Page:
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Posted at: May 20, 2018, 2:09 AM; last updated: May 20, 2018, 2:09 AM (IST)

The forgotten India

Neha Kirpal
Delhi-based photographer Amit Pasricha has been documenting the country’s lesser-known heritage

Neha Kirpal

A Shiva temple perched precariously atop two boulders at Hampi, a Victorian Gothic castle in Nainital, a tomb with fine jaali work… every monument in India is a lesson in history with some story attached to it — whether it’s myth, folklore or fact. Unfortunately, the local community doesn’t feel the connect with most of these monuments, resulting in them being abused, demolished or destroyed by the day. While the Archeological Survey of India (ASI) protects 3,650 monuments, 35,000 to 7,00,000 structures lie unprotected. Delhi alone has over 1,000 unguarded monuments. According to the ASI, there are 92 ‘missing monuments’ in the country.

It is primarily due to this reason that Delhi-based photographer Amit Pasricha (author of books such as The Monumental India Book, The Sacred India Book, Mughal Architecture & Gardens and India At Home) has begun photo documentation of lesser-known Indian monuments by means of an awareness-creating campaign. The ‘India Lost and Found’ campaign has already started across social media and will continue for the next two years.

Pasricha says given that today’s youth is disconnected from our heritage, they don’t understand its significance in modern India; there is an even lesser chance of them treating it like a living legacy. “Moreover, the way history is taught in our schools leaves no room to trigger the imagination about these civilisations gone by, save in the nature of Bollywood productions. The youth need information and stimulation in this area.”

The girth of the project was observed in small towns of the country and the first monuments that Pasricha set out to click were forts around Gwalior. “I realised that local people’s relationship with these structures was poor. No one really cared for them. To them, it was merely a pile of bricks to be vandalised. They would sometimes hang around them, pick up things from them or use them as toilets,” he says.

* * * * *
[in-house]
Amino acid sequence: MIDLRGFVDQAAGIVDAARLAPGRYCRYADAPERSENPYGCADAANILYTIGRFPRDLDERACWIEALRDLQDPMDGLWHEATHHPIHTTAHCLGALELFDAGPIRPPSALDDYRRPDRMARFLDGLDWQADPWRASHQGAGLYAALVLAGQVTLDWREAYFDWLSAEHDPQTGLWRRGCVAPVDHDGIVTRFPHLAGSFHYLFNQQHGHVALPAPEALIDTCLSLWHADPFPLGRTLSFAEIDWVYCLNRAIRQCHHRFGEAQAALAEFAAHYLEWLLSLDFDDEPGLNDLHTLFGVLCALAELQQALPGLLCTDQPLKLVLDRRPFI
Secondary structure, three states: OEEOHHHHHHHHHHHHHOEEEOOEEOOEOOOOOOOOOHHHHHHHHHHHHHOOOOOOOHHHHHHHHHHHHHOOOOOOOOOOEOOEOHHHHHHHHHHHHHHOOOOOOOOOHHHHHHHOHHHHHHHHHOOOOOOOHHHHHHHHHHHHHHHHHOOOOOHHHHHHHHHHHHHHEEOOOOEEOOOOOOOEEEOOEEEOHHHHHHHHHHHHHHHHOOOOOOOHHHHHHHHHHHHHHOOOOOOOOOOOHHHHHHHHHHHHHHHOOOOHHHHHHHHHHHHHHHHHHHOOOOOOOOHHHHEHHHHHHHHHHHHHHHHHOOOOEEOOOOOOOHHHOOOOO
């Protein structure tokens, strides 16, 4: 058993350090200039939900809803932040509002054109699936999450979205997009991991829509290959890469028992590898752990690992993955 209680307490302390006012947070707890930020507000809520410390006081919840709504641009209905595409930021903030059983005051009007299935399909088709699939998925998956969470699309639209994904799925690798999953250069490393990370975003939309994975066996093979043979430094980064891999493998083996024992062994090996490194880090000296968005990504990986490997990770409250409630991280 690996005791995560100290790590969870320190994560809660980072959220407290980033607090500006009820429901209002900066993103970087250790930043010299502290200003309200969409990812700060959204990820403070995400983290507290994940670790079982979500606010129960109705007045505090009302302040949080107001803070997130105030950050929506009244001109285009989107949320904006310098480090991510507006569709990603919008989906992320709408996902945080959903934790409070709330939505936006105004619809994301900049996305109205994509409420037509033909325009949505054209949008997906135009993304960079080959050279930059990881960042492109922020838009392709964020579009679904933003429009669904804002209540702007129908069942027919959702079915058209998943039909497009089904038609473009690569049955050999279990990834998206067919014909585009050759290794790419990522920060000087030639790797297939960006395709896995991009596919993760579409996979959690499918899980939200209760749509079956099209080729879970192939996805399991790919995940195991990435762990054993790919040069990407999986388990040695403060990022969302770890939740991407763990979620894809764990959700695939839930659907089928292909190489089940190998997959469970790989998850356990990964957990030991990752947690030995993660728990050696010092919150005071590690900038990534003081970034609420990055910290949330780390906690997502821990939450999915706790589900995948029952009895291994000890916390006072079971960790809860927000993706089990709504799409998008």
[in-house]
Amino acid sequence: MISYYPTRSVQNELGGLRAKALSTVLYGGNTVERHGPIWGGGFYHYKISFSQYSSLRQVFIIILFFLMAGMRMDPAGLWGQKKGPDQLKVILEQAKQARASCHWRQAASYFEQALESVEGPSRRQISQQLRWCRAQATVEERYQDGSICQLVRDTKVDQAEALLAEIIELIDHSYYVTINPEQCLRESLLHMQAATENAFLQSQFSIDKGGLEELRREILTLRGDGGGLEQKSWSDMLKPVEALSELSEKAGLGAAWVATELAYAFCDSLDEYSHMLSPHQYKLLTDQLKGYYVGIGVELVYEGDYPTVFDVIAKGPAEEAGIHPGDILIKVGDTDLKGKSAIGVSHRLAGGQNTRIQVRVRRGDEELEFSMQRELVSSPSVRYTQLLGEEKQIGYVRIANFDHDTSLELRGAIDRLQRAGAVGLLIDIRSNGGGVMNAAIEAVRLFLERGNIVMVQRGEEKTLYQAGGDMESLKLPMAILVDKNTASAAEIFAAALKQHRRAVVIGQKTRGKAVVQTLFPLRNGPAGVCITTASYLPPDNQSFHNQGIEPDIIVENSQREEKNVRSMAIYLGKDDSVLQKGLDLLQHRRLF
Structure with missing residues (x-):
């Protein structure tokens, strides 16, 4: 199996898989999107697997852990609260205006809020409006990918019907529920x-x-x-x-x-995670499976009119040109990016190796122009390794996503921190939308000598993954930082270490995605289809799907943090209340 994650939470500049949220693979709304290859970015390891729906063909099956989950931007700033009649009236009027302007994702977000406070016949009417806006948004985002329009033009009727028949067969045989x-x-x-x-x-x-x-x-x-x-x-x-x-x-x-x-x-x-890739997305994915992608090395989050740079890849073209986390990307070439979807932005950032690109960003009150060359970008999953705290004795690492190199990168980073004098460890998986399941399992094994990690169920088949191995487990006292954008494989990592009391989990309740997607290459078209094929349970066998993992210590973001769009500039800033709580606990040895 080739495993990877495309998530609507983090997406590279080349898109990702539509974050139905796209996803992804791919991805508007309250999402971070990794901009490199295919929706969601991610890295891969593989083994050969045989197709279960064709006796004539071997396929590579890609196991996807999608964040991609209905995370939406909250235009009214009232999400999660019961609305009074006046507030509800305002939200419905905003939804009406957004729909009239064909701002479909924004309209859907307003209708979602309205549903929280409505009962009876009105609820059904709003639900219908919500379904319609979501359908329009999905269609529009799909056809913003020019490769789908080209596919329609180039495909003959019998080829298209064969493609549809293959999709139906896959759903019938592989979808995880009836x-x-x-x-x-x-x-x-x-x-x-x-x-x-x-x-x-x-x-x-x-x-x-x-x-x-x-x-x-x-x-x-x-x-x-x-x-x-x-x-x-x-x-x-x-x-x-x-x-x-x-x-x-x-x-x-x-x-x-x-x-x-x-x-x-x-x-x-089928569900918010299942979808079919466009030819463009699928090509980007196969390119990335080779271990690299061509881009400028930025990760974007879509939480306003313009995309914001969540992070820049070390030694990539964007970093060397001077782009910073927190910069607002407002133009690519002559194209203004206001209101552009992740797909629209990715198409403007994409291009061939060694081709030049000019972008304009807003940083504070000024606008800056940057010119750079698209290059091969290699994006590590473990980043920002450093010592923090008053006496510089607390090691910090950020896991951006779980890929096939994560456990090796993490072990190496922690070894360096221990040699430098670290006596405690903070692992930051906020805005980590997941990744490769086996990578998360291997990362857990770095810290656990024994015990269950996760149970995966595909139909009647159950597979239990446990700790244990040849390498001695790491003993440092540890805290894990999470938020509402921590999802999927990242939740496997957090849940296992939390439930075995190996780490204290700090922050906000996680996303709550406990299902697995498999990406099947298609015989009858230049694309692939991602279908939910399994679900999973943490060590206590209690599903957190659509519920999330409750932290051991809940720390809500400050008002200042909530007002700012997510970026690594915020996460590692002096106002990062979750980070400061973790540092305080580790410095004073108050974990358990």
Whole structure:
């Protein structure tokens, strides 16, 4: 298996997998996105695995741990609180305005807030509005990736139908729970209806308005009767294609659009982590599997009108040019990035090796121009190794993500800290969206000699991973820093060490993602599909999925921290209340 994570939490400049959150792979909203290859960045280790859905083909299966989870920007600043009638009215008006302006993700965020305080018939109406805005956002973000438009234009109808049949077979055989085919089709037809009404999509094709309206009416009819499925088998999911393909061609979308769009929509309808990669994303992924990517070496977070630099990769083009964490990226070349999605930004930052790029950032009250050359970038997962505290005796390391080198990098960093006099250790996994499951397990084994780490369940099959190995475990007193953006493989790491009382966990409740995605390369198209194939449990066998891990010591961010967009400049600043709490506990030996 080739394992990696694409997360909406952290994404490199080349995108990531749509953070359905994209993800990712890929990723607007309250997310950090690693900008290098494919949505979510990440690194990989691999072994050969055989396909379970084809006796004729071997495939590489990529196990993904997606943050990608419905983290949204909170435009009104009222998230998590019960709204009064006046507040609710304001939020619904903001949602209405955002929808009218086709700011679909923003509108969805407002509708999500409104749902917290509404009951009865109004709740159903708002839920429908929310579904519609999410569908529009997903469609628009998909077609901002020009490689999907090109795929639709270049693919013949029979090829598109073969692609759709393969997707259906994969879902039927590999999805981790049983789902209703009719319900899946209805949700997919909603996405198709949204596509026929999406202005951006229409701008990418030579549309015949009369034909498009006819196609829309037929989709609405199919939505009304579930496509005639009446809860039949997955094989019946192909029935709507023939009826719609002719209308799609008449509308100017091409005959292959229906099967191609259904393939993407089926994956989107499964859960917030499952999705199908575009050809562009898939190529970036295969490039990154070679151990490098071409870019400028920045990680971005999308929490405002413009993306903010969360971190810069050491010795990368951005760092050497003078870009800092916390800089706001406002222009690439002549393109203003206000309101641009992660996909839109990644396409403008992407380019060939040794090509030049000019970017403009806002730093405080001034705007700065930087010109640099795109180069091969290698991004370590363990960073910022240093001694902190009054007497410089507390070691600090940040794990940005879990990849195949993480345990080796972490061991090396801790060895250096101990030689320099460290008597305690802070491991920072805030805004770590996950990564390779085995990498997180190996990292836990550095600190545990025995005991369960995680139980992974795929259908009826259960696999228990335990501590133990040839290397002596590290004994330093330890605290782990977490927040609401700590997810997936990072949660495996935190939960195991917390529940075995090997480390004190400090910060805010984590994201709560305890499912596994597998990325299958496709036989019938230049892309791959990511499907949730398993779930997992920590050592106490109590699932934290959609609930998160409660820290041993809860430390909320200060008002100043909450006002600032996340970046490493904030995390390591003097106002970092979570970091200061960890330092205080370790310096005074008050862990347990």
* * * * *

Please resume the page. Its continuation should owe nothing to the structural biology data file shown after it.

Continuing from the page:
This got him thinking about a bottom-up approach. “If we send youngsters to travel to these places rather than the stereotypical Gokarnas and Kasauls, they might start thinking about what they are missing. This questioning would perhaps help them look at their own monuments differently, and this could be the start of a relationship change between them and their heritage,” he says. And the India Lost and Found Patron Network is propelled to do just that. Experts from art history, architecture, landscape design, conservation and storytelling participate and add value to the constant feed of images that India Lost and Found posts with their insight. The idea is to eventually gather these thoughts on a website that would be promoted among schoolchildren. 

In addition, a series of workshops in schools that teach smartphone photography of lesser known monuments with 15-minute talks on its history is also underway. The Patron network thus far includes experts from various fields such as conservation architect Debashish Nayak, archaeologist K K Muhammed, interior designer Sunita Kohli, fashion designer JJ Valaya, American-Indian architect Christopher Beninger, writer and historian William Dalrymple and conservation architect Gurmeet Rai Sangha among others. 

Writer and lecturer on Indian history and architecture, Dr Giles Tillotson, who is also part of the network, says, “Some of the photos show buildings in need of urgent attention. He lauds the intention to generate wider awareness and outreach about heritage structures through social media. “It could very well change a climate of opinion of them among the public,” he adds.

Similarly, fashion designers may speculate on the fabrics of the time, landscape experts on the quirks on Lodhi-era monuments within English gardens, the travel community on how to get there, how much time to give or where to stay. Eventually, this information will also be shared with networks such as Google Arts and Culture, Sahapedia and Archnet, Pasricha says.

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